What will be the next public participation technology? Here's one possibility… wireless laptops with electronic ink capability (and built in hand generators to boot!). All packaged to cost less than today's keypad polling devices. Way cool! 1. 2. Too bad they're not for sale, but I'm sure others will follow. Blog Post
Nov 17, 2005   By Ken Snyder
Just to keep everyone updated on the continuing development of Wi-Fi, Muni-wireless released a new report on the state of the Wi-Fi market. The long and short of it is the market is expanding rapidly with just about every city looking to get in on the action. On the flip side, the Philadelphia Inquirer last weekend ran a story about the uncertain future of wireless as a city-led initiative. Blog Post
Nov 16, 2005   By Scott Page
Clark Kelso, California's Chief Information Officer, was kind enough to respond to my recent post, California Updates State IT Strategic Plan, commenting on the state's new strategic plan and what I perceived to be a lack of focus on making technology accessible to people with disabilities. Clark writes:...I am pleased to see that our planning activities are being followed so closely in the trade press. The last paragraph in your article suggests we may not be paying sufficient attention to Section 508 issues in our web developments. Blog Post
Oct 26, 2005   By Chris Steins
So we're hiring for two new positions at Urban Insight (the company that supports Planetizen). We're hiring a Web Designer/Developer (with preference given to candidates with backgrounds in planning), and a Web Developer / Programmer. I published the job announcements to several lists and also on a few online services that I've had success with in the past. I've received a fair number of responses, and, thank goodness, and several highly-qualified candidates (although not so many with backgrounds in planning/architecture/urban esign). Blog Post
Oct 19, 2005   By Chris Steins
While not strictly relevant to planning, it's always interesting to compare plans prepared by planners with plans prepared by other branches of government, in this case the California CIO and the IT Council Strategic Plan Committee have prepared the new California State Information Technology Strategic Plan (PDF, 220KB) The plan lists six impressive strategic goals:Make Government services more accessible to citizens and State clients. Blog Post
Oct 18, 2005   By Chris Steins
Abhijeet presented last week at the Nonprofit Technology Enterprise Network (NTEC) 2005 San Diego Regional Conference on open source content management frameworks for building websites for nonprofit. He published his fabulous presentation online under a creative commons license:Building Websites For Nonprofits With Open Source Content Management Frameworks He really knows what he's presenting on, since much of his presentation is based on his hands-on experience with a massive project we just completed here at Urban Insight. Blog Post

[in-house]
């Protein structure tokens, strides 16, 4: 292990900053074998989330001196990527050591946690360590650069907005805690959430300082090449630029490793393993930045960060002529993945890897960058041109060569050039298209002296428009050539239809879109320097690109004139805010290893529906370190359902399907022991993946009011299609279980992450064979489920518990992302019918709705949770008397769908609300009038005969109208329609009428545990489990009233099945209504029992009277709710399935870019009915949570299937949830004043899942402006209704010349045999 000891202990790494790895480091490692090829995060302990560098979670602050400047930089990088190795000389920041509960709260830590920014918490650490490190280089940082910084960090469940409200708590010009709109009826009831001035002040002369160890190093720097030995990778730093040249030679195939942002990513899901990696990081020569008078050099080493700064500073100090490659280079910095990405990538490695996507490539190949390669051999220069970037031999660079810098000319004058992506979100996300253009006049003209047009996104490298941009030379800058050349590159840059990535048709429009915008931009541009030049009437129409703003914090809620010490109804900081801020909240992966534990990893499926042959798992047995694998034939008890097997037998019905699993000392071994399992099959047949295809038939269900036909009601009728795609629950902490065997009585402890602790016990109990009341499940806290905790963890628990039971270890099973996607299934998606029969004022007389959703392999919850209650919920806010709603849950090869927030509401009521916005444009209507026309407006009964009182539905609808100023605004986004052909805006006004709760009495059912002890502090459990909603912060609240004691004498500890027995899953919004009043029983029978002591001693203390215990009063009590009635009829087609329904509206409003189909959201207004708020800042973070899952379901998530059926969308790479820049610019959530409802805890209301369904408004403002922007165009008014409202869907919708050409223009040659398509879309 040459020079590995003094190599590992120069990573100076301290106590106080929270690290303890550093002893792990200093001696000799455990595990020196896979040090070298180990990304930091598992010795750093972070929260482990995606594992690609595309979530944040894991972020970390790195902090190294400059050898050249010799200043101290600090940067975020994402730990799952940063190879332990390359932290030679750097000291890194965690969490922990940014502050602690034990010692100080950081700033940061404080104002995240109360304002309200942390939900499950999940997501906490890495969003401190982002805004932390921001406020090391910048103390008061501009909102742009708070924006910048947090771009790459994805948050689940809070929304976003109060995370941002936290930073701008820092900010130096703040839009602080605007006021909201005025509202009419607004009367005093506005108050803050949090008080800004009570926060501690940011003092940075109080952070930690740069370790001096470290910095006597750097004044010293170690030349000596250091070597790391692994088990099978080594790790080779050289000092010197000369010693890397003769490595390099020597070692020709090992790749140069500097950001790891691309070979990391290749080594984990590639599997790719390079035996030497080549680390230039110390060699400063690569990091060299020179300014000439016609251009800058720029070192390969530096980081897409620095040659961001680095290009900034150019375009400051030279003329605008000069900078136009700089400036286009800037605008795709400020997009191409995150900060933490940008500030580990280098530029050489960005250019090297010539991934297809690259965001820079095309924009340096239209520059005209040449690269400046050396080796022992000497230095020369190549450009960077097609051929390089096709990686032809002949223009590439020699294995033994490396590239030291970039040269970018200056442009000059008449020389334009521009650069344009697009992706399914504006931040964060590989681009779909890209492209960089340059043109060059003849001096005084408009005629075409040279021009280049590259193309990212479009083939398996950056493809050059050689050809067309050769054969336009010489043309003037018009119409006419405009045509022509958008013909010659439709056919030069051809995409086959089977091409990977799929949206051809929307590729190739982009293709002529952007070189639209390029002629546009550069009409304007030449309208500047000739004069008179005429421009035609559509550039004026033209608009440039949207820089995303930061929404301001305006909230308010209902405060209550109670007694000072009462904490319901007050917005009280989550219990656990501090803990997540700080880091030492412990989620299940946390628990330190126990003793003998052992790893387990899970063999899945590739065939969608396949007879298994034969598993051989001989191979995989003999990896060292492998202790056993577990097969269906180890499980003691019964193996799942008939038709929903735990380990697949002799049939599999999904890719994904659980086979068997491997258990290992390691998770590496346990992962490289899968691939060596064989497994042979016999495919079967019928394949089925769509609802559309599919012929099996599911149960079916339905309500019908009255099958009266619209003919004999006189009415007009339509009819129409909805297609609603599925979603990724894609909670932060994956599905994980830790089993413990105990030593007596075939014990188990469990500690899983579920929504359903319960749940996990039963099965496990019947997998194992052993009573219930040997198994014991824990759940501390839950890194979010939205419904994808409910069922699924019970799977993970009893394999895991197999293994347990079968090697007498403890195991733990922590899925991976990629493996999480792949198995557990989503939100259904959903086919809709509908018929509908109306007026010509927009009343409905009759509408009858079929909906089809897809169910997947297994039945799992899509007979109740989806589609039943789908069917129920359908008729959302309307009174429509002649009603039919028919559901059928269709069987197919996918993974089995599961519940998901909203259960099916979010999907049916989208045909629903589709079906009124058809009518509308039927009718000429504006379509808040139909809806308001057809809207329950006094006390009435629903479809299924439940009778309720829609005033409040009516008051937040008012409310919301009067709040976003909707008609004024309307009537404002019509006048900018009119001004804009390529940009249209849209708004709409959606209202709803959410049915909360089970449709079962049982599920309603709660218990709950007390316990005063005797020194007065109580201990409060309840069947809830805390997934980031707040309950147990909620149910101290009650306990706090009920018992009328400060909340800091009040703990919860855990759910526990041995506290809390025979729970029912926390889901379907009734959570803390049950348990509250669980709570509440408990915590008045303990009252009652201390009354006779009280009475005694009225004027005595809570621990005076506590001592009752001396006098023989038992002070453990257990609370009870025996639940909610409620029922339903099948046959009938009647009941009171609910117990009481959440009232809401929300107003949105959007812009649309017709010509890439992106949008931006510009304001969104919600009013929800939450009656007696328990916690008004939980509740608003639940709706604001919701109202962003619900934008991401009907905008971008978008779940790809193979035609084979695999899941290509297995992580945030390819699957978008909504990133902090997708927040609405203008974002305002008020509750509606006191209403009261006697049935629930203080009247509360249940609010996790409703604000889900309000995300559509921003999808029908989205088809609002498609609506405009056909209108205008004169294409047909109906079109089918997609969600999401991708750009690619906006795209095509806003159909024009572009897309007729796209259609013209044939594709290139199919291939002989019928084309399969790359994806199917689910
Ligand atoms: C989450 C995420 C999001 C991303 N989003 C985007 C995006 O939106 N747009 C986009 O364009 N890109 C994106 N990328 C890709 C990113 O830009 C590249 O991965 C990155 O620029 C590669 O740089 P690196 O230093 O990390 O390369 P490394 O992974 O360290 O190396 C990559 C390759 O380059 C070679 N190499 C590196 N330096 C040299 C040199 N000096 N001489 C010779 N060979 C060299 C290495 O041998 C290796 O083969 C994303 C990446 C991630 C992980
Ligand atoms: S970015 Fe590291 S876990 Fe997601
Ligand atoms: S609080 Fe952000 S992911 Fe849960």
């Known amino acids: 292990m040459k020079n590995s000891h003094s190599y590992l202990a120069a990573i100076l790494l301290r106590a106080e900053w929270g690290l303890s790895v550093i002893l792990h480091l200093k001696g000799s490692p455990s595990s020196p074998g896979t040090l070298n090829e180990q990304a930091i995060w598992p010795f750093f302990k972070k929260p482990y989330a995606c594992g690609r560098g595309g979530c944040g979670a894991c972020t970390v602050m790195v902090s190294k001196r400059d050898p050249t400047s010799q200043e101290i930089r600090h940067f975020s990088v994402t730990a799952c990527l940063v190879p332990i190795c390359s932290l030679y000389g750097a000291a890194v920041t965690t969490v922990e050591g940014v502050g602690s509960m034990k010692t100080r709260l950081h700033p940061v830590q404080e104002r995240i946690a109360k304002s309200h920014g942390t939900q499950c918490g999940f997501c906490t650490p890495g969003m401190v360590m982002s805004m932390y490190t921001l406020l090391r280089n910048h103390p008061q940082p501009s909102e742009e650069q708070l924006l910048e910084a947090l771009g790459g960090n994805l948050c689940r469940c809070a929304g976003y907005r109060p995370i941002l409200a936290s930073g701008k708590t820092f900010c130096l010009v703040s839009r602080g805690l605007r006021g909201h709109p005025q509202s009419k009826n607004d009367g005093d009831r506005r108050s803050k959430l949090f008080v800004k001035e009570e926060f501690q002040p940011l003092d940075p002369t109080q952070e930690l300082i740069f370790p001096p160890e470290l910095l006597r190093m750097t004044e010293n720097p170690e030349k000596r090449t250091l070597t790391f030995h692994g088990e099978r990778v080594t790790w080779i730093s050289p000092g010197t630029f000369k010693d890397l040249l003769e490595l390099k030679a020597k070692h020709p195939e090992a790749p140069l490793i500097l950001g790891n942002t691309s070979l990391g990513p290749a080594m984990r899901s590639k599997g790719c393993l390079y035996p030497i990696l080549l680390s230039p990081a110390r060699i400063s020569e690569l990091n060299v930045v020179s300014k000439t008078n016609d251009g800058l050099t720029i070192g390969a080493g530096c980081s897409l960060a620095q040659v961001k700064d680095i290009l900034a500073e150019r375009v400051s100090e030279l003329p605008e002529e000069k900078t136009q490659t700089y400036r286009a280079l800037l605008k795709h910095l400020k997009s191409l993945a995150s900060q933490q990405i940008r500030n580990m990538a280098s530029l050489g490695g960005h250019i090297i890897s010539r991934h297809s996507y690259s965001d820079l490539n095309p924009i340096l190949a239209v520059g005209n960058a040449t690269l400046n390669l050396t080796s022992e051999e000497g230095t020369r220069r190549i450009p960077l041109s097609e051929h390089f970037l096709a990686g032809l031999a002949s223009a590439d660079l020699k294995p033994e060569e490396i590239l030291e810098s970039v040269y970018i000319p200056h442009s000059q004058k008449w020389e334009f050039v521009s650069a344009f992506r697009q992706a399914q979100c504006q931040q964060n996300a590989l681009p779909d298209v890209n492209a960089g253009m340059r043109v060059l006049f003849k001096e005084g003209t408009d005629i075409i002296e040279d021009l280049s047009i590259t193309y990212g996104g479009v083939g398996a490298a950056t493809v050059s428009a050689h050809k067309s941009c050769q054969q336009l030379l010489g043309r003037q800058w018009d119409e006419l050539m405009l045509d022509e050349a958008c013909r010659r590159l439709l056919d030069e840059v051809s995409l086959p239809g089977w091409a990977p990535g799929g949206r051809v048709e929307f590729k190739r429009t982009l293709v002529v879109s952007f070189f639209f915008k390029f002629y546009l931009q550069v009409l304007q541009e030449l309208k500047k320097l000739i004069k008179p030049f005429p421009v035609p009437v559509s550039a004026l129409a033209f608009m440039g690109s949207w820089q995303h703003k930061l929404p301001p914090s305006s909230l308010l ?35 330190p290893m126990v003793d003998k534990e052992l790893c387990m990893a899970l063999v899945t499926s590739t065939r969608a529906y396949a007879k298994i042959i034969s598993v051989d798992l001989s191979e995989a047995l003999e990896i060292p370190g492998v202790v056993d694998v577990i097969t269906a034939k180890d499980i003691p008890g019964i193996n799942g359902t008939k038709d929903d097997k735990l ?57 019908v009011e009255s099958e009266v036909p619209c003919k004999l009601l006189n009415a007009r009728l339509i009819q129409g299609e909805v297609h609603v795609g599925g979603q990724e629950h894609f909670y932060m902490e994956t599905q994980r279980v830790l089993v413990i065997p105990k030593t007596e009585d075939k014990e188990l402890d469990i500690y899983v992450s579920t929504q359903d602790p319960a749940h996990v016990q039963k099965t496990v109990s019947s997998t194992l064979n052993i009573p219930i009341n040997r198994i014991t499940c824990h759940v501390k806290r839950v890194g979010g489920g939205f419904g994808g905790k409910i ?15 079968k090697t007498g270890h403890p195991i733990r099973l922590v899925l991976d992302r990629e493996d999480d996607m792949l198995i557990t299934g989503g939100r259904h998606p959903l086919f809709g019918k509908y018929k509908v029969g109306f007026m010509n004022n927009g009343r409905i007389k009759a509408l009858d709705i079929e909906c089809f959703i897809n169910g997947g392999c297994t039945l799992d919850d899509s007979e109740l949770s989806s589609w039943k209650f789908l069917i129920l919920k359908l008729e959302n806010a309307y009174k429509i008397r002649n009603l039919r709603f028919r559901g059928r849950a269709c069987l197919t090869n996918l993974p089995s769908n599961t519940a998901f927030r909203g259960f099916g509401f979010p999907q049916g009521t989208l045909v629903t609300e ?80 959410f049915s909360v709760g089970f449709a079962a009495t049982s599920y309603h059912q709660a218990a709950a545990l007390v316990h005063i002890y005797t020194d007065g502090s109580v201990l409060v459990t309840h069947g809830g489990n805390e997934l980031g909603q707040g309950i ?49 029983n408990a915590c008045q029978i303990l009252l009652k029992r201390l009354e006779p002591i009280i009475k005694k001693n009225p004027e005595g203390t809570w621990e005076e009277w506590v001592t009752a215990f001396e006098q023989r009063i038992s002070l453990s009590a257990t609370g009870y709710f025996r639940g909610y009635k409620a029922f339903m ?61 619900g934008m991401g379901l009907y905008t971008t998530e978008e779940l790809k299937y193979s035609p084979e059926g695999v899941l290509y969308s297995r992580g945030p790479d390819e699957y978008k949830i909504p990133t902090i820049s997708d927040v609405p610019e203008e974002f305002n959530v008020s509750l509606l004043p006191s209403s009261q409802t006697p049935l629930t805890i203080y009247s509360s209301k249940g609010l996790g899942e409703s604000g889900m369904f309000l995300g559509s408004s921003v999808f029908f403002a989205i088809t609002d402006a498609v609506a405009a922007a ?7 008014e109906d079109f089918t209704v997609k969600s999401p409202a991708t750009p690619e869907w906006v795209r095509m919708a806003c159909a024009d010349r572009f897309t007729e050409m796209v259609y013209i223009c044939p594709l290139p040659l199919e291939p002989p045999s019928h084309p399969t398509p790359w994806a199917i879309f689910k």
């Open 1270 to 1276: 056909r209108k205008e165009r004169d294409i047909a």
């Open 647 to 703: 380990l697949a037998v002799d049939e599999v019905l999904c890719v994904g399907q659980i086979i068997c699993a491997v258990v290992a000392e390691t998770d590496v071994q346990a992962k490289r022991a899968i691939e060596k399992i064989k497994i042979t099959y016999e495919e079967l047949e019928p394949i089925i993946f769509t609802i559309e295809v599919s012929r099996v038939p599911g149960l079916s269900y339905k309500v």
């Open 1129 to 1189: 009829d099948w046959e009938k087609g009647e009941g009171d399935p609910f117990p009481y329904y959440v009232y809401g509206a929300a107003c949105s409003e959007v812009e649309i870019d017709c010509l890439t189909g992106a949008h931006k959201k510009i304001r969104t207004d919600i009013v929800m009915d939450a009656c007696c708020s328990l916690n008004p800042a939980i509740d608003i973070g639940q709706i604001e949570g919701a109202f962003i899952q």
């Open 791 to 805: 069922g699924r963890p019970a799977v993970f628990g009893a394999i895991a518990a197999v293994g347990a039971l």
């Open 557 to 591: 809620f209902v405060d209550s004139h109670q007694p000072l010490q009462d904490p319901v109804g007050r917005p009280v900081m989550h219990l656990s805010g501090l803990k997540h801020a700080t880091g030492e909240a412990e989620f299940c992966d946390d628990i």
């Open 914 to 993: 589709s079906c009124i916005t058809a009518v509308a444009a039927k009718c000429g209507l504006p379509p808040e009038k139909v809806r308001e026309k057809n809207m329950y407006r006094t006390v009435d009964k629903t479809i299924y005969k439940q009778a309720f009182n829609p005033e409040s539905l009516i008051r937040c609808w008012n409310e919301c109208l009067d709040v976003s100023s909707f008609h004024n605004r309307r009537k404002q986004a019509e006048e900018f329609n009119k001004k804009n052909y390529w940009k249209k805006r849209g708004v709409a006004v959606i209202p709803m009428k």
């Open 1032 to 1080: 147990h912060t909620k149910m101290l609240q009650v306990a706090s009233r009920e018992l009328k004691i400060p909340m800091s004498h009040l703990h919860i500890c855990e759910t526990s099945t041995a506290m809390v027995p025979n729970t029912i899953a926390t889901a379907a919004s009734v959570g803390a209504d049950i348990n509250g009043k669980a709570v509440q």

Oct 3, 2005   By Chris Steins
When recently working in a distressed community in Philadelphia, we were thinking of the best ways to communicate what we were planning for the area and guide residents toward local resources that exist but are rarely used. As a cost effective solution, we worked with the Klip Collective to implement a video installation within a vacant storefront. The installation runs every evening. Besides providing some valuable information, we used the installation to instill some street activity along what was once an active commercial corridor. Blog Post
Sep 23, 2005   By Scott Page
Open source is not just about lowering costs. It's about staying in control of your own data. For governments, it is important to specify open file formats for storing public data. Eric Kriss, Massachussets' secretary of administration and finance asks an important question about long-term archiving of public documents created with Microsoft Office. "Will those documents still be legible 10 years from now, or in 50?" The state of Massachusetts has given some thought to that question and is taking action. Blog Post
Sep 22, 2005   By Abhijeet Chavan
…here comes Joomla. There was a lot of uncertainty about the future of the Content Management System Mambo over the past months. Finally the Developers now left Mambo and started Joomla. As this article in eWeek points out, "the original owners [Miro], wanted to regain control of the project. The developers, realizing that they were being cut out of executive management, decided to take the code and run…” The outcomes might describe the state of open source today. Blog Post
Sep 22, 2005   By Ken Snyder
Joel Garreau weighed in yesterday on whether New Orleans should (or can) be rebuilt. He's always smart and readable; if you haven't read Edge City you should go get it. It's a brilliant, well-reported take on urban theory and how cities are changing. Anyway, here Blog Post
Sep 12, 2005   By